FIG. 5a shows a meridional scan through the 002 diffraction peak of the yarn of Example 6 at a temperature of −60° C. under no load. FIG. 5b shows the same peak under tensile strain just short of the yarn breaking strain. The proportion of the high strain crystalline component is 85%. Other yarns have not shown this high percentage of the high strain crystalline component.

B. Monoclinic Content

The monoclinic crystalline contents of a number of other high modulus polyethylene yarns and the yarn of Example 6 have been determined by wide angle x-ray diffraction. The results are shown in Table II.

TABLE II
Yarn Monoclinic, %
SPECTRA ® 900 <0.5
SPECTRA ® 1000 0.74
Dyneema ® SK75 1.8
Dyneema ® SK 77 1.8
Example 6 4.1

It is seen that the proportion of monoclinic crystalline content of the yarn of Example 6 far exceeded the other, commercially available high modulus, polyethylene yarns.

C. Anti-ballistic Properties

Four ends of the 60 filament yarn of Example 6 were plied to create a 240 filament yarn. This yarn was used to construct a flexible composite panels for comparative testing with a standard commercially available SPECTRA SHIELD® composite panel, for ballistic effectiveness against two different projectiles. Both panels were constructed with the same fiber volume fraction and the same matrix resin. The tests with a 17 grain fragment employed a 22 caliber, non-deforming steel fragment of specified weight, hardness and dimensions (Mil-Spec. MIL-P 46593A (ORD)).The tests with 0.38 caliber bullets were conducted in accord with test procedure NILECJ-STD-0101.01. The protective power of a structure is normally expressed by citing the impact velocity at which 50% of the projectiles are stopped, and is designated the V50 value. Another useful measure of the effectiveness of a ballistic resistant composite is the ratio of the kinetic energy of a projectile at the V50 velocity to the areal density of the composite (ADC). That ratio is designated as the Specific Energy Absorption of the Composite (SEAC). The results of the ballistic firing tests are shown in Table III.

TABLE III
17 gr. Fragment 38 cal. Bullet
ADC = 7.0 Kg/m2 ADC = 1.1 Kg/m2
V50 SEAC, V50 SEAC,
Composite ft/s J-m2/Kg ft/s J-m2/Kg
SPECTRA 2092 32.0 720 235
SHIELD ®
Example 6 2766 55.9 1038 466
Yarn Shield
% 32 75 44 98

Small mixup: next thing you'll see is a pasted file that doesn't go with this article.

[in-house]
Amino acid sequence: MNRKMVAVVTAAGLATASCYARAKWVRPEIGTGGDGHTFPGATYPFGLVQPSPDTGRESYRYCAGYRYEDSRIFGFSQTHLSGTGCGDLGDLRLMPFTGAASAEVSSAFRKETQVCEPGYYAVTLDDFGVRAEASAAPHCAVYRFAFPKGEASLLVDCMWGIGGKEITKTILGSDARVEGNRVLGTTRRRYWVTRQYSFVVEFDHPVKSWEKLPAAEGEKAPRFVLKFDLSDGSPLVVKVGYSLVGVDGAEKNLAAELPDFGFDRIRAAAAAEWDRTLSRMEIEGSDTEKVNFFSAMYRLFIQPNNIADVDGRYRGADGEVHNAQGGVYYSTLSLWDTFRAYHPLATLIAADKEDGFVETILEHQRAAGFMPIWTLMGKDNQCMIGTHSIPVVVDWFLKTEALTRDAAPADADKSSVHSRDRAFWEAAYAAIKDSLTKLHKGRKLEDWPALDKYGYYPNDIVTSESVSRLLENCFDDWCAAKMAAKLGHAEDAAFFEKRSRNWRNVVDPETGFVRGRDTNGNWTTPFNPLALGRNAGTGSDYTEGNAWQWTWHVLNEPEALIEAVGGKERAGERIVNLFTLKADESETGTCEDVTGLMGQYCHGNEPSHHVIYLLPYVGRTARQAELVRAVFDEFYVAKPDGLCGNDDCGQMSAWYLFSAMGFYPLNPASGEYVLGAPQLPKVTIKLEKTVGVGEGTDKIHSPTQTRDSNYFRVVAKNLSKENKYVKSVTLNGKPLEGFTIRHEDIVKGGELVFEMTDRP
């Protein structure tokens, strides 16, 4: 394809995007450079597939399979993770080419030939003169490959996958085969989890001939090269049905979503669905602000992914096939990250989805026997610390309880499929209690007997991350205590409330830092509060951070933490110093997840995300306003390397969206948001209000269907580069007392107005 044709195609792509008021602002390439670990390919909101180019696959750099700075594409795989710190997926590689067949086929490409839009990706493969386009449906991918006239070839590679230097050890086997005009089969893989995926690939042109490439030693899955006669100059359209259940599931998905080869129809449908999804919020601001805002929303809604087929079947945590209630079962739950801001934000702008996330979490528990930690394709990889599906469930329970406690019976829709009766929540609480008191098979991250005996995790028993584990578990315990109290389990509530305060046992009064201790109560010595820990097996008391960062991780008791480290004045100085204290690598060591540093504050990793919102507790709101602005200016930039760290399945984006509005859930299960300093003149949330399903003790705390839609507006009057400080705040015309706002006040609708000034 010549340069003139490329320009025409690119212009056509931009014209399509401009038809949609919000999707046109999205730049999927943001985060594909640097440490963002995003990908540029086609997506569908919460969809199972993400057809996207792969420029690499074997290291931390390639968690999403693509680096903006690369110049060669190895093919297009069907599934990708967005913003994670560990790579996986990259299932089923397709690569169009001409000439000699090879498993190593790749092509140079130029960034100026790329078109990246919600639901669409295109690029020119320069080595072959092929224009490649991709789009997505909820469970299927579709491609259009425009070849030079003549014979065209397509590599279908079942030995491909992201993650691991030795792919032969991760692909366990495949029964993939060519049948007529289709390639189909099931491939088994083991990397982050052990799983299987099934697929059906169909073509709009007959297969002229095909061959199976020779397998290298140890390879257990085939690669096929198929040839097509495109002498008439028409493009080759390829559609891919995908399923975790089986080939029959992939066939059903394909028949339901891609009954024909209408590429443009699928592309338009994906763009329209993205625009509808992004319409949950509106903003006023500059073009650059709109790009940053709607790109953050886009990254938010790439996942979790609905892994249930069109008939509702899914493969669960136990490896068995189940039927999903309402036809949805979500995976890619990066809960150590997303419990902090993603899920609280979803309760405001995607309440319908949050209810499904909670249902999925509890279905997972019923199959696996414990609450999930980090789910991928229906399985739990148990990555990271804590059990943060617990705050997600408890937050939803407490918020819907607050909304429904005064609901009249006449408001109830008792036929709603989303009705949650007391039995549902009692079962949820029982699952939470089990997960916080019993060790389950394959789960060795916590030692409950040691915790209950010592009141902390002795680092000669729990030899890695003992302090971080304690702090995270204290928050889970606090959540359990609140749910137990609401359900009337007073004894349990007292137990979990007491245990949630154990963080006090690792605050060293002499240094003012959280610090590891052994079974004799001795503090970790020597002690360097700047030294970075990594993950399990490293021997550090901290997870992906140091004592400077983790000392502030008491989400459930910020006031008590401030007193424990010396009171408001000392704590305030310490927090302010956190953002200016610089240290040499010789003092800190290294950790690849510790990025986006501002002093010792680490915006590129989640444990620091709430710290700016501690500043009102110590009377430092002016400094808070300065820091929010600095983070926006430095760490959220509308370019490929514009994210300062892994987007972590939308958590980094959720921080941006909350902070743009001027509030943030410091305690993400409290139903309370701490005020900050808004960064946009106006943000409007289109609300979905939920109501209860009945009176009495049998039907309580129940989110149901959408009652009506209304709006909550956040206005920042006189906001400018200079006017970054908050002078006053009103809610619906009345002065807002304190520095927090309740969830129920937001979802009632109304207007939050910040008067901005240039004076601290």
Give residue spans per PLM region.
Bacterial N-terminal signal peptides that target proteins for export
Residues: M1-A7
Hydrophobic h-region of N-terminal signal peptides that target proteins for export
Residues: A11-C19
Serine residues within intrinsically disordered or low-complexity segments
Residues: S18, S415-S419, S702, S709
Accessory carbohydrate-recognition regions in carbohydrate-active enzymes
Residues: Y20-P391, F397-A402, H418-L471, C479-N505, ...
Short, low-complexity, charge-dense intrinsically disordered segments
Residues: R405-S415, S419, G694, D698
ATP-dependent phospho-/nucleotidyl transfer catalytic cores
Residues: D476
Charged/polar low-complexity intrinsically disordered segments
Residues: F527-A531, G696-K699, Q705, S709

Improvement

It will be seen that the composite prepared from the Example 6 yarn was of remarkably improved anti-ballistic properties as compared to other commercial standards.

The 17 grain fragment is a hardened steel projectile. FIG. 6 is a photograph of the projectiles after they were tested against the above targets. It will be seen that the projectile stopped by the Example 6 yarn composite was deformed by the impact. The projectile stopped by the other commercial standard product was undeformed. This too is indicative of the superior anti-ballistic properties of the yarns of the invention.

It will be readily understood by those persons skilled in the art that the present invention is susceptible to broad utility and application. Many embodiments and adaptations of the present invention other than those herein described, as well as many variations, modifications and equivalent arrangement, will be apparent from or reasonably suggested by the present invention and the foregoing description without departing from the substance or scope of the present invention.

Accordingly, while the present invention has been described in detail in relation to its preferred embodiment, it is to be understood that this disclosure is only illustrative and exemplary of the present invention and is made merely for purposes of providing a full and enabling disclosure of the invention. The foregoing disclosure is not intended to be construed to limit the present invention or otherwise exclude any other embodiments, adaptations, variations, modifications or equivalent arrangements, the present invention being limited only by the claims and the equivalents thereof.

Patent Citations
Cited PatentFiling datePublication dateApplicantTitle
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Reference
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Classifications
U.S. Classification526/352, 525/55
International ClassificationD01F6/04, D01D4/02, F41H5/08
Cooperative ClassificationD01F6/04, F41H5/0471, D01D4/02
European ClassificationF41H5/04F, D01D4/02, D01F6/04